Globalising consent

George Monbiot

Presidents Roosevelt and Truman were smart operators. They knew that the hegemony of the United States could not be sustained without the active compliance of other nations. So they set out, before and after the end of the Second World War, to design a global political system which permitted the other powers to believe that they were part of the governing project.

When Franklin Roosevelt negotiated the charter of the United Nations, he demanded that the United States should have the power to block any decisions the UN sought to make. But he also permitted the other victors of the war and their foremost allies - the Soviet Union, the United Kingdom, China and France - to wield the same veto.

After Harry Dexter White, Roosevelt's negotiator at the Bretton Woods talks in 1944, had imposed on the world two bodies, the International Monetary Fund and the World Bank, whose underlying purpose was to sustain the financial power of US, he appeased the other powerful nations by granting them a substantial share of the vote. Rather less publicly, he ensured that both institutions required an 85 per cent majority to pass major resolutions, and that the US would cast 17 per cent of the votes in the IMF, and 18 per cent of the votes in the World Bank.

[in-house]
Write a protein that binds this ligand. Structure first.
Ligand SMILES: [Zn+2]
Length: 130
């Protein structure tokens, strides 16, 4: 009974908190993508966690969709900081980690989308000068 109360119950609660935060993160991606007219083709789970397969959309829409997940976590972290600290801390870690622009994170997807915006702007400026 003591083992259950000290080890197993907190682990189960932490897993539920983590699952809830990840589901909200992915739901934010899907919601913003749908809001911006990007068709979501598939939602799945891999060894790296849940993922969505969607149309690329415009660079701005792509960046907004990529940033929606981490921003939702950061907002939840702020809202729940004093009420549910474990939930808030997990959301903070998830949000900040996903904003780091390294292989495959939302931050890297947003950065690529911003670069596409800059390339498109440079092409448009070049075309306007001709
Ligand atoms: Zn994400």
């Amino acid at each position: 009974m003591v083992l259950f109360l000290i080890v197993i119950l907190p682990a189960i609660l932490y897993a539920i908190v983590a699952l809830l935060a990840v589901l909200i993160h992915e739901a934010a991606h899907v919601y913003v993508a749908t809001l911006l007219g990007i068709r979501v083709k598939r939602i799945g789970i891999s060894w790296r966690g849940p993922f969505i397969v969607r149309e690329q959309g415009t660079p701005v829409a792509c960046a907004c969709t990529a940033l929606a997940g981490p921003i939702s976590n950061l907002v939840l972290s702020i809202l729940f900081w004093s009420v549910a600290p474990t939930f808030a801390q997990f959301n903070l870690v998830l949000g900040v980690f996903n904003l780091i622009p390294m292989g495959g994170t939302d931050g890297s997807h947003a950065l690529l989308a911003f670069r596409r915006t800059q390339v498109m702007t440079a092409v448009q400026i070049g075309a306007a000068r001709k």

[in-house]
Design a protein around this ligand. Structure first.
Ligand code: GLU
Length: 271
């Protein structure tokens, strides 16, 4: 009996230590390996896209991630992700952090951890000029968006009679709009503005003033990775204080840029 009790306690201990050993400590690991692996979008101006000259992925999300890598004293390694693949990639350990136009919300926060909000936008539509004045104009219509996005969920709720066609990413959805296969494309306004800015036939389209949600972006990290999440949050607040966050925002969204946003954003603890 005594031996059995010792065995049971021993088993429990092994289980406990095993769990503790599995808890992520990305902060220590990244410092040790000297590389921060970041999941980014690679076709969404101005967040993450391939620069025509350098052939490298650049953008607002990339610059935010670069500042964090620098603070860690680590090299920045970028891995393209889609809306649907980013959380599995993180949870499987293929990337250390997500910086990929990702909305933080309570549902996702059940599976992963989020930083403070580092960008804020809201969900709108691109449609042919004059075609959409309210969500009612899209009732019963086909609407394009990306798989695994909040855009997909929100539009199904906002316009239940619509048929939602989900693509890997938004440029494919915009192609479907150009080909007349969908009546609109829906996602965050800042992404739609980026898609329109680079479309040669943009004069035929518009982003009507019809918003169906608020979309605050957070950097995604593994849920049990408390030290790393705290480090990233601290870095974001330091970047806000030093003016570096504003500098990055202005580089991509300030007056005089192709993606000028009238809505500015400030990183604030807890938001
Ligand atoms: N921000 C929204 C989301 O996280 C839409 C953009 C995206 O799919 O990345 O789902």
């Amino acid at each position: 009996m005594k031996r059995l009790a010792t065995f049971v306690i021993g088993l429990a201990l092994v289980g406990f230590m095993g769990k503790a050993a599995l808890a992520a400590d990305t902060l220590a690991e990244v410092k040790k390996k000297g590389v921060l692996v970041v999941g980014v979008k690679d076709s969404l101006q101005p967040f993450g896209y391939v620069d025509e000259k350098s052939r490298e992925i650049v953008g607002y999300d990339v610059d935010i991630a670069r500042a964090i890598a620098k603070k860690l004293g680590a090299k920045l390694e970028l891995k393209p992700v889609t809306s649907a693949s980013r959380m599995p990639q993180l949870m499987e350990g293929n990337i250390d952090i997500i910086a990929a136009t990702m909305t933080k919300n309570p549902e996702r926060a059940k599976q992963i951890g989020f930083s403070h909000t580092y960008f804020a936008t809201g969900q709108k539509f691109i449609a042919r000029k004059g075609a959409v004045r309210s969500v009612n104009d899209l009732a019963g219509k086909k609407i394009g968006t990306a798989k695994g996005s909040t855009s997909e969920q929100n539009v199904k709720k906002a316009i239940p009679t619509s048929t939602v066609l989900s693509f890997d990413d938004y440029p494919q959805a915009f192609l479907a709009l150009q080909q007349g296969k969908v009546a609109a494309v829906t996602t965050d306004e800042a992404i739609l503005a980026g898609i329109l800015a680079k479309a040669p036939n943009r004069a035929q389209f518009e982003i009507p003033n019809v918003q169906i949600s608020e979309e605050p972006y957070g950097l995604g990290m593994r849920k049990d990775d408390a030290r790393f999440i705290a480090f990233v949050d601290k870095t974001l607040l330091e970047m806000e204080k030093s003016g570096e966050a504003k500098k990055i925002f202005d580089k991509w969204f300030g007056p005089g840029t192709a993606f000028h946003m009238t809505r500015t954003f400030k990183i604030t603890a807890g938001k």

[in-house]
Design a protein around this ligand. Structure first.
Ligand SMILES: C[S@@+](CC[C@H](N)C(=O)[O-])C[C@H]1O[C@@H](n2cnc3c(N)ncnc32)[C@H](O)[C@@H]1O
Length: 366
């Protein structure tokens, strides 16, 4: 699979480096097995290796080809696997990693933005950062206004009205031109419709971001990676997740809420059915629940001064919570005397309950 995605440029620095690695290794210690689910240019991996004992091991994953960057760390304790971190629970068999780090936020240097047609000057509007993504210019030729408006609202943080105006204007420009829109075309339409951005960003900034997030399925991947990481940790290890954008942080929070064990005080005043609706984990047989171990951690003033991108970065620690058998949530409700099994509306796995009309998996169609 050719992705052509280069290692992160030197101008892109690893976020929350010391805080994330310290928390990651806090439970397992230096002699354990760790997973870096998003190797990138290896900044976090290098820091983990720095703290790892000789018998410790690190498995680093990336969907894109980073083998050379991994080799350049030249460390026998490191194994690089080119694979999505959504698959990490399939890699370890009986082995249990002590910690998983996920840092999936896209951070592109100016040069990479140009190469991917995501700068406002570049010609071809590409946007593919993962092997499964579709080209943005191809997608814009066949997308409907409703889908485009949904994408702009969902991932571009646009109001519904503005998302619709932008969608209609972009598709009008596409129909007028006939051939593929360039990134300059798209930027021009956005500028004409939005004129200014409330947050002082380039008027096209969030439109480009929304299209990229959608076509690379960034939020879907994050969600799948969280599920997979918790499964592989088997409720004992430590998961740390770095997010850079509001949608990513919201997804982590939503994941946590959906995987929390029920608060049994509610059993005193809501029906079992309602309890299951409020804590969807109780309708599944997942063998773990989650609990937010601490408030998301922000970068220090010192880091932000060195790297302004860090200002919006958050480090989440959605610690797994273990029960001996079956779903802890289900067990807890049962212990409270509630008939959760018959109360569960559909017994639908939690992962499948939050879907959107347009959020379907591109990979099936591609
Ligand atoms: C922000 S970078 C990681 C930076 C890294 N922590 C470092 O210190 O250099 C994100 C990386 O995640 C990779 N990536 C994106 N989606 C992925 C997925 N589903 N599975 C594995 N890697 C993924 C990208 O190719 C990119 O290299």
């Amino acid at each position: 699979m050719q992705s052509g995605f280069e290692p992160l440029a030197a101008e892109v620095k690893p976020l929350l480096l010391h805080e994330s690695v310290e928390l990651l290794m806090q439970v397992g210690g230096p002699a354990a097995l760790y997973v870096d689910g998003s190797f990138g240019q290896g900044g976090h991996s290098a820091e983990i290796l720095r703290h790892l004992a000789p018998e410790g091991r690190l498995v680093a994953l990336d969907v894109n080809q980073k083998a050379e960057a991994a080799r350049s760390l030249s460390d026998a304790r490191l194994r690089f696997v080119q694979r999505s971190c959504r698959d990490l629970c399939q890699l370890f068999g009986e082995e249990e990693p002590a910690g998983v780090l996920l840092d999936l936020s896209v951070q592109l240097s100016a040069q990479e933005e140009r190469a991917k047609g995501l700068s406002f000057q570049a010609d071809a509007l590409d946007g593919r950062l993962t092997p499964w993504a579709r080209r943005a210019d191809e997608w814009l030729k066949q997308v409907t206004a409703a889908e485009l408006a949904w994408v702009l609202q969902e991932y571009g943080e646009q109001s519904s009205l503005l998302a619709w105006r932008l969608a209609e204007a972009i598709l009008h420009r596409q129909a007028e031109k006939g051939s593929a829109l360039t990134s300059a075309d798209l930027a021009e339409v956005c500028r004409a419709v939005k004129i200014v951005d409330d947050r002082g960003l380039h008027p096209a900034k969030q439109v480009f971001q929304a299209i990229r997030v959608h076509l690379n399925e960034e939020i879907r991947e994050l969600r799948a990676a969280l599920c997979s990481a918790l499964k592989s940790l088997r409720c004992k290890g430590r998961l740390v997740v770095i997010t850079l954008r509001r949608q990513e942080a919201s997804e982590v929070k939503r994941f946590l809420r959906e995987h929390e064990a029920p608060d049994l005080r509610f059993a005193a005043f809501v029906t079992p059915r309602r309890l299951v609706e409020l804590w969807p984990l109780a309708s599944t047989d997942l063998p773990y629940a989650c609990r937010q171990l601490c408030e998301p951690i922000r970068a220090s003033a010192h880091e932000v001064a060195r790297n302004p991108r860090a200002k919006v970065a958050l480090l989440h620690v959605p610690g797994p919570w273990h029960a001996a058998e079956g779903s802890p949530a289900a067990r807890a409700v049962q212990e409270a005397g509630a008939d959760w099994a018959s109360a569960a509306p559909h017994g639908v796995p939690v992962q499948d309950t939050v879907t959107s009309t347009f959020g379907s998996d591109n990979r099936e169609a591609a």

Harry Truman struggled to install a global trade regime which would permit the continuing growth of the US economy without alienating the nations upon whom that growth depended. He tried to persuade Congress to approve an International Trade Organisation which allowed less developed countries to protect their infant industries, transferred technology to poorer nations and prevented corporations from forming global monopolies. Congress blocked it. But, until the crisis in Seattle in 1999, when the poor nations were forced to reject the outrageous proposals inserted by the US and the European Union, successive administrations seemed to understand the need to allow the leaders of other countries at least to pretend to their people that they were helping to set the global trade rules.

The system designed in the 1940s, whose ultimate objective was to ensure that the United States remained the pre-eminent global power, appeared, until very recently, to be unchallengeable.There was no constitutional means of restraining the US: it could veto any attempt to cancel its veto. Yet this system was not sufficiently offensive to other powerful governments to force them to confront it. They knew that there was less to be lost by accepting their small share of power and supporting the status quo than by upsetting it and bringing down the wrath of the superpower. It seemed, until March 2003, that we were stuck with US hegemony.

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